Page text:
Wicked! Modern Art’s Interest in the Occult


Wicked! Modern Art’s Interest in the Occult

Contemporary art’s resurgence of interest in magic has a powerful art-historical precedent

The resurgence of interest in magic today – in art, popular culture and ritual practices – is not without precedent: the occult has faded in and out of the cultural arena for more than a century, its seeds a feeling of lack and longing, from the development of Wicca after World War II to the esoteric counterculture of the 1960s. We can recognize this desire in our current moment –  steeped in advanced capitalism, swift gentrification and right-wing political gains – in which magic holds the promise of connection and empowerment. It was also palpable in the 19th century, the setting of the first widespread occult revival since the Christianization of Europe, early-modern witch hunts and the so-called age of reason. It flourished in Europe, and France in particular, in the late 19th and early 20th centuries. We can trace many current magical practices back to this time, from an occult use of the tarot to neopagan worship that identifies the triple goddess with the phases of the moon. Modern art, psychology and feminism also have their roots in this period, along with the monumental socio-economic effects of modernization. The face of Europe changed irrevocably: railways were vastly extended, suburbs sprouted factories and cities towered upwards, their narrow streets expanding into boulevards. Positivist science also ascended through these conditions, bolstered by the quick development and profitability of new industrial technologies. Yet, the dark side of technological progress is often disillusionment, and it is in this sense of longing and decay that we can trace the beginnings of the belle-époque occult revival.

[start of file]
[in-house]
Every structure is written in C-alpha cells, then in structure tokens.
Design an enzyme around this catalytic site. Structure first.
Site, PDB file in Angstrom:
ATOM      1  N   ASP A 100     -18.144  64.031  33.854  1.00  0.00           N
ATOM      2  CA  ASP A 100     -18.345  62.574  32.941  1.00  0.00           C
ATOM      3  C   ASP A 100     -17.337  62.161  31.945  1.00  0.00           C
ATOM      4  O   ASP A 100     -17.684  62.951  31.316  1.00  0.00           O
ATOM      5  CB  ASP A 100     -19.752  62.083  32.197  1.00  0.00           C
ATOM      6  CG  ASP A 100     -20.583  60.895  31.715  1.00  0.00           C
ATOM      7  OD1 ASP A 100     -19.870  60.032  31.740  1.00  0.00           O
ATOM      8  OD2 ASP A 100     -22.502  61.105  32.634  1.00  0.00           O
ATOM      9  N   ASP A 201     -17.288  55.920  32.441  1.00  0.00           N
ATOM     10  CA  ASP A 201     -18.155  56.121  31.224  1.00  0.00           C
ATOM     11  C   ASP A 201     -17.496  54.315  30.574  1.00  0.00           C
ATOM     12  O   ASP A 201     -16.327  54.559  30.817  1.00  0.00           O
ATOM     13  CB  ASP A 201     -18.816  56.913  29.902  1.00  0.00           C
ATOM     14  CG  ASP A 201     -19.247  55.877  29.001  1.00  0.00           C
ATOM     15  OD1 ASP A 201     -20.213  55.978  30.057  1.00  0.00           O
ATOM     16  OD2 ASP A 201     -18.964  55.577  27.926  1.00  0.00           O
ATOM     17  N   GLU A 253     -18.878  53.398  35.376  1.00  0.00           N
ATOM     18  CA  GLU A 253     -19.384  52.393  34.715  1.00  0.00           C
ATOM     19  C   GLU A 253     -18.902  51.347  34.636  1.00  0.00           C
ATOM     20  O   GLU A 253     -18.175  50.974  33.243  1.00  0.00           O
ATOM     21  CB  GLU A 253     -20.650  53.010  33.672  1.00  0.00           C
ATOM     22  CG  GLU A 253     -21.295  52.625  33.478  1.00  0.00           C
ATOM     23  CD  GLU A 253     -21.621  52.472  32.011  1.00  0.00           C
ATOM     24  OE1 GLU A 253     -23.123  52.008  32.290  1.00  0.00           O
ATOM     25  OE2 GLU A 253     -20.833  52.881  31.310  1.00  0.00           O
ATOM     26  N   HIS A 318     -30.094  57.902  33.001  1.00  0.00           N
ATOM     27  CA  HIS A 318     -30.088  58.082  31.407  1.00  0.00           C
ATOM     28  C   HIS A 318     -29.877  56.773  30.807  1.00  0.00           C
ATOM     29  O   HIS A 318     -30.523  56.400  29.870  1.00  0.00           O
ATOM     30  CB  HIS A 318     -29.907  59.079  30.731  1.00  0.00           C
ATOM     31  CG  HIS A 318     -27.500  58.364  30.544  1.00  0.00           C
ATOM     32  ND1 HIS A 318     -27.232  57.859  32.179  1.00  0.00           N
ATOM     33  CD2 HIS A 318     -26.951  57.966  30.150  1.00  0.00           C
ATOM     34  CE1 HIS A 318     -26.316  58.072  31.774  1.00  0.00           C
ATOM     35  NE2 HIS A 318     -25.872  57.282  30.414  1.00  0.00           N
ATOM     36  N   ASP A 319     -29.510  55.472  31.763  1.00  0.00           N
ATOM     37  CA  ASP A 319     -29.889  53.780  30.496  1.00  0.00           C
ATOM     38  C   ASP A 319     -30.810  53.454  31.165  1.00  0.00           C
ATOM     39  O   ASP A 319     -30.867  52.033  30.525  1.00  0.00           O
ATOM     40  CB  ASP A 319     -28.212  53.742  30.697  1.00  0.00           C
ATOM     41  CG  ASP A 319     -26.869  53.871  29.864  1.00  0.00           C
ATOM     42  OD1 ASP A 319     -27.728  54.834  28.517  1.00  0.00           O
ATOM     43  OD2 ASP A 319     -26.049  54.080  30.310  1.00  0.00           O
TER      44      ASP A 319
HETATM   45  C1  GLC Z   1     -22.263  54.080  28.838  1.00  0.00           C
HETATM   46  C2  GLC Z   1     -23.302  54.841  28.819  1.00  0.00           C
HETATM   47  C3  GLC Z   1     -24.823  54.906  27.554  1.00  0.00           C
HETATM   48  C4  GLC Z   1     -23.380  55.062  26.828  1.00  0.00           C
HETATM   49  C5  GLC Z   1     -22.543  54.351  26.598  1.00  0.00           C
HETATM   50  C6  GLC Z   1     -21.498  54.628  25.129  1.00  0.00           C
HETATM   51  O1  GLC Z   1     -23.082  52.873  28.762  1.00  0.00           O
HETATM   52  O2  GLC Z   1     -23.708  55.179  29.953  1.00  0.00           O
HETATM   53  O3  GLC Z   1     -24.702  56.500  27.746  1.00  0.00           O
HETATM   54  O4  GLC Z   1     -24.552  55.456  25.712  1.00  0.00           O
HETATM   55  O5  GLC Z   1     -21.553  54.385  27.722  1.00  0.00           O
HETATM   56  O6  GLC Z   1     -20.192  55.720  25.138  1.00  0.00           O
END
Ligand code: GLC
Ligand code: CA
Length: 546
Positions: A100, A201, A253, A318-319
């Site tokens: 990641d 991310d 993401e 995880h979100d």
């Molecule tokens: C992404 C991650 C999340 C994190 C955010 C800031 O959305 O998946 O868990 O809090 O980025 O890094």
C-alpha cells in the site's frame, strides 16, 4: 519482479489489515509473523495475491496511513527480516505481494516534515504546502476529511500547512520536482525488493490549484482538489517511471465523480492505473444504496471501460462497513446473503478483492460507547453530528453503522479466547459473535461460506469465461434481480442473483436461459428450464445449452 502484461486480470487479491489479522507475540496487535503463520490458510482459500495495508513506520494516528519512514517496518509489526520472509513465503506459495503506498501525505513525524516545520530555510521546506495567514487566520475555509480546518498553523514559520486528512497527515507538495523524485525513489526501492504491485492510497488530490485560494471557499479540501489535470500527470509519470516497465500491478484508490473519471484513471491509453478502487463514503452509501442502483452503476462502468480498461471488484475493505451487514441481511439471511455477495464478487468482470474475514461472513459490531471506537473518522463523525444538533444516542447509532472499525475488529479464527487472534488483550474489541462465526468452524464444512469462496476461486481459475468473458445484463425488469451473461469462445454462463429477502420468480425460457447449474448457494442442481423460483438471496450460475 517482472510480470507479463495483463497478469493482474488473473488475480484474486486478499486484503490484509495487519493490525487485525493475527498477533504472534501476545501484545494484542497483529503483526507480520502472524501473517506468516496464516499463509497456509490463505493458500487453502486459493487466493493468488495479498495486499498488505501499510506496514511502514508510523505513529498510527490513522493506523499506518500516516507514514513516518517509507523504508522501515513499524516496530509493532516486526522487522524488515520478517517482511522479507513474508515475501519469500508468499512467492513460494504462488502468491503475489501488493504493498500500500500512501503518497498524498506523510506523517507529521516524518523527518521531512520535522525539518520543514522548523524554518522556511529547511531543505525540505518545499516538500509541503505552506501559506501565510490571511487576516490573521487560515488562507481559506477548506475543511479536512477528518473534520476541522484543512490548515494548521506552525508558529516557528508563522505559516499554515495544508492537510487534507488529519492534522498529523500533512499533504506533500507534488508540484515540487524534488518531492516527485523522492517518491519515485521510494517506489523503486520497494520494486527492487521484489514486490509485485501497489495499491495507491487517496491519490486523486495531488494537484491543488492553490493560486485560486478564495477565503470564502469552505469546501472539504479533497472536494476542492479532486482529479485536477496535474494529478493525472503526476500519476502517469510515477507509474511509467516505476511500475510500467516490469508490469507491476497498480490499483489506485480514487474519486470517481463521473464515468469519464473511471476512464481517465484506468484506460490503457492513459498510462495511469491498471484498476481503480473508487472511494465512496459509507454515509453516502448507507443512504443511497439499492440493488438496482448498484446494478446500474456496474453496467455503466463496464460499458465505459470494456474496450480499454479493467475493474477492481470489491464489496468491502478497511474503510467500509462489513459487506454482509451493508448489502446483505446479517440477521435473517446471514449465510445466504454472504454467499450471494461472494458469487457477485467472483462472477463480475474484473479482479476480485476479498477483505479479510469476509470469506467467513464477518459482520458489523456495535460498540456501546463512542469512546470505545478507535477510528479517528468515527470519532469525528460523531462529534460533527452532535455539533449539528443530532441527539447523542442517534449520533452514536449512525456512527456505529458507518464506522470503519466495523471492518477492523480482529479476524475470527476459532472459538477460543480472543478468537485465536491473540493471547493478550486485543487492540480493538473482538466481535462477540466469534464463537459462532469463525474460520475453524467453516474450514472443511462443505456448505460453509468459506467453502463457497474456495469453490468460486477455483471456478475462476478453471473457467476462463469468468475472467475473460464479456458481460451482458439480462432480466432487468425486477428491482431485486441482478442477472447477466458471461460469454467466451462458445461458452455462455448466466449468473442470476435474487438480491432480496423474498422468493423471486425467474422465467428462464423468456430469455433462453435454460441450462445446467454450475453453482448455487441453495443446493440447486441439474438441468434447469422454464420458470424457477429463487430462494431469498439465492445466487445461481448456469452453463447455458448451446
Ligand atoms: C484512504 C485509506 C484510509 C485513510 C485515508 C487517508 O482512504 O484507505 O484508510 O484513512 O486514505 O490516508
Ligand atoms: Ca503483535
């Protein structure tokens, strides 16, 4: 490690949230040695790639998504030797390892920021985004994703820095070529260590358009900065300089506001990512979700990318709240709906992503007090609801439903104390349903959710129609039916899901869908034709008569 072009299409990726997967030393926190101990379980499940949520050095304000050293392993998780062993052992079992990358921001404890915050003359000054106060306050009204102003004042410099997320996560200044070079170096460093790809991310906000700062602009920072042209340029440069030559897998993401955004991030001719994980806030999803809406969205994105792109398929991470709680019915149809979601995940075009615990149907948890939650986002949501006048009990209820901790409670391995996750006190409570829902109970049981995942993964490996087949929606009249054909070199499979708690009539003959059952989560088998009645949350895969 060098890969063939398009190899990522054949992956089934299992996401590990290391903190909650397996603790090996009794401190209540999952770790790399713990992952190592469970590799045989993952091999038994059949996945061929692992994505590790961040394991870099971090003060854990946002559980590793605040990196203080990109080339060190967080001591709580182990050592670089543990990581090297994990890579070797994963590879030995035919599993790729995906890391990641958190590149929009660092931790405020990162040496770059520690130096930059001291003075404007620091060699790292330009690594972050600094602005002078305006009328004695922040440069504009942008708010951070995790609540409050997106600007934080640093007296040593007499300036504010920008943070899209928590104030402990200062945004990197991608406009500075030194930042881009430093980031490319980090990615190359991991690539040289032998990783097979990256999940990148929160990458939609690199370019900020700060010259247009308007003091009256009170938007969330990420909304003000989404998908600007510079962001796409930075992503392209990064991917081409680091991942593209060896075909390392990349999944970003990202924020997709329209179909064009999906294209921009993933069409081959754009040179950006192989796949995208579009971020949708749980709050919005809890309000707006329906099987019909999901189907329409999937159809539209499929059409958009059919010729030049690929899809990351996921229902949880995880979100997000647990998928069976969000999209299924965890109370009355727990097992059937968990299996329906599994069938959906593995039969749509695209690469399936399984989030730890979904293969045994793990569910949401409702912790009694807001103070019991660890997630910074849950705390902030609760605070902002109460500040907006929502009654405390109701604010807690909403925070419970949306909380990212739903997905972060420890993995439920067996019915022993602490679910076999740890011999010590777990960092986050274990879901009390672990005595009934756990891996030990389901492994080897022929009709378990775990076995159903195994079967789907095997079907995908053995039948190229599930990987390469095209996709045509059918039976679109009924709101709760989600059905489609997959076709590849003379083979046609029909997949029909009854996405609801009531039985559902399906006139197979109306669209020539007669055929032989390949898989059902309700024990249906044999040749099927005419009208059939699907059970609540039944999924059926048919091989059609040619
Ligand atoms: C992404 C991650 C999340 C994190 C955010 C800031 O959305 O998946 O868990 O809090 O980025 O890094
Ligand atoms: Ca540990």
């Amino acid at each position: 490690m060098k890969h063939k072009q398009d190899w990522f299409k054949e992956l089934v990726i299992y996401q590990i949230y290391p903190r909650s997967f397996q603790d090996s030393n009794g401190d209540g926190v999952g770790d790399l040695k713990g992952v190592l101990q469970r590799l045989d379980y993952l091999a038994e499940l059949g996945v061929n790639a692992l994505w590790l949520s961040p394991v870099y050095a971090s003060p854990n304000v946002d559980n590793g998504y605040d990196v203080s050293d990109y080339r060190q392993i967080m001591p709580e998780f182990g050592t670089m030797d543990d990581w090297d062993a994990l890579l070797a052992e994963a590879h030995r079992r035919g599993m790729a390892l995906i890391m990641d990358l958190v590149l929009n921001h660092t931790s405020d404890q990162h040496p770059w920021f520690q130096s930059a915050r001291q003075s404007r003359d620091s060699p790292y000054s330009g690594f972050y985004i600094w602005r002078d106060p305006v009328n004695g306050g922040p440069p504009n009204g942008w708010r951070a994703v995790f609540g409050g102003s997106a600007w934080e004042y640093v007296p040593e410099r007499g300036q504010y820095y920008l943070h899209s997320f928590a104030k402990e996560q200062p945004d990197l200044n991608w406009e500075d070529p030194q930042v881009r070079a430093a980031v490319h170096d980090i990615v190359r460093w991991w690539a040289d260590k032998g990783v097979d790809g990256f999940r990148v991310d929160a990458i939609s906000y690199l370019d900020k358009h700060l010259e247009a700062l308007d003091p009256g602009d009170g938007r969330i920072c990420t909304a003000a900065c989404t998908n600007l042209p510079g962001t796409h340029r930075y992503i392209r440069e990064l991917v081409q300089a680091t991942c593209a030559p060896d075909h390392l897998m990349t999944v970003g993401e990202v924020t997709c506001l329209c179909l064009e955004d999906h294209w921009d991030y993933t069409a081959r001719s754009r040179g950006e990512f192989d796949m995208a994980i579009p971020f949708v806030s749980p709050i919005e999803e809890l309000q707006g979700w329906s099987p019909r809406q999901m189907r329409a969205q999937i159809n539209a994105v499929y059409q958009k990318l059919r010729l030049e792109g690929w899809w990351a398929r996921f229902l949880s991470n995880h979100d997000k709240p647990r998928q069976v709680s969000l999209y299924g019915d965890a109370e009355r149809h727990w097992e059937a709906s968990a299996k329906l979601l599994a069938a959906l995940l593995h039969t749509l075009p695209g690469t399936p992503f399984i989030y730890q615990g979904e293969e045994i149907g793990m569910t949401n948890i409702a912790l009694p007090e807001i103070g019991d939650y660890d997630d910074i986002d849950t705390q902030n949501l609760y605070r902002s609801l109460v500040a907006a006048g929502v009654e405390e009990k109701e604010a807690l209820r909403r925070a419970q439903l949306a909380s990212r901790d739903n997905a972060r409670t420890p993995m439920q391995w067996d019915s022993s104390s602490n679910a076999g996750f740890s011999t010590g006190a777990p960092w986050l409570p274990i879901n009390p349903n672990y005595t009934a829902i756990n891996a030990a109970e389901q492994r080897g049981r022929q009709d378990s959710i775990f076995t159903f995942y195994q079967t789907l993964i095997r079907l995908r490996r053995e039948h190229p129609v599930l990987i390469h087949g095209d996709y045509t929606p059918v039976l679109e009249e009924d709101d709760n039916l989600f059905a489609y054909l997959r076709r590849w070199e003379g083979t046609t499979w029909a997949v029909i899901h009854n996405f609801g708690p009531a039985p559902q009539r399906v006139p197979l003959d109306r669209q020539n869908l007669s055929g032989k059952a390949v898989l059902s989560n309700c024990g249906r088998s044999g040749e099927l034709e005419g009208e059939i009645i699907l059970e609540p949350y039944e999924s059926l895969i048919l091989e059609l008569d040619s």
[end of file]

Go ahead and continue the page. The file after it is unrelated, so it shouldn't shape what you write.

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Barry William Hale

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